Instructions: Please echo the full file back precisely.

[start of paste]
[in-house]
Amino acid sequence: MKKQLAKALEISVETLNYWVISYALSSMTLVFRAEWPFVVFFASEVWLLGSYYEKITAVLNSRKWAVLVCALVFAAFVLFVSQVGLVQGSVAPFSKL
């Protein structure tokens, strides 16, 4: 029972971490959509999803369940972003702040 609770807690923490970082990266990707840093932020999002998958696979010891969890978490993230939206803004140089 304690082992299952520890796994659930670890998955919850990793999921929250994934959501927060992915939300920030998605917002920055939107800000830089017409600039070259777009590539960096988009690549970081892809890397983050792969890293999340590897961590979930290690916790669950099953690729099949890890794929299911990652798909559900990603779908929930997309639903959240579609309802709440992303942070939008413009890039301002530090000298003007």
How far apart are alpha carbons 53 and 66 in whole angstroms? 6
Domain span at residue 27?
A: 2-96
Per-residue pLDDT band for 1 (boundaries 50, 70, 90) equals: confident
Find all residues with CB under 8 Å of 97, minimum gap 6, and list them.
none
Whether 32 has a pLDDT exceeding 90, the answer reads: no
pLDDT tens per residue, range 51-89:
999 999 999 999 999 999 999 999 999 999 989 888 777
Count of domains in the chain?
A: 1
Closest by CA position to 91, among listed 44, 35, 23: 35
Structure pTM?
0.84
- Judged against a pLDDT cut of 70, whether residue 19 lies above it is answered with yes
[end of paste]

[in-house]
Amino acid sequence: MKKQLAKALEISVETLNYWVISYALSSMTLVFRAEWPFVVFFASEVWLLGSYYEKITAVLNSRKWAVLVCALVFAAFVLFVSQVGLVQGSVAPFSKL
């Protein structure tokens, strides 16, 4: 029972971490959509999803369940972003702040 609770807690923490970082990266990707840093932020999002998958696979010891969890978490993230939206803004140089 304690082992299952520890796994659930670890998955919850990793999921929250994934959501927060992915939300920030998605917002920055939107800000830089017409600039070259777009590539960096988009690549970081892809890397983050792969890293999340590897961590979930290690916790669950099953690729099949890890794929299911990652798909559900990603779908929930997309639903959240579609309802709440992303942070939008413009890039301002530090000298003007």
How far apart are alpha carbons 53 and 66 in whole angstroms? 6
Domain span at residue 27?
A: 2-96
Per-residue pLDDT band for 1 (boundaries 50, 70, 90) equals: confident
Find all residues with CB under 8 Å of 97, minimum gap 6, and list them.
none
Whether 32 has a pLDDT exceeding 90, the answer reads: no
pLDDT tens per residue, range 51-89:
999 999 999 999 999 999 999 999 999 999 989 888 777
Count of domains in the chain?
A: 1
Closest by CA position to 91, among listed 44, 35, 23: 35
Structure pTM?
0.84
- Judged against a pLDDT cut of 70, whether residue 19 lies above it is answered with yes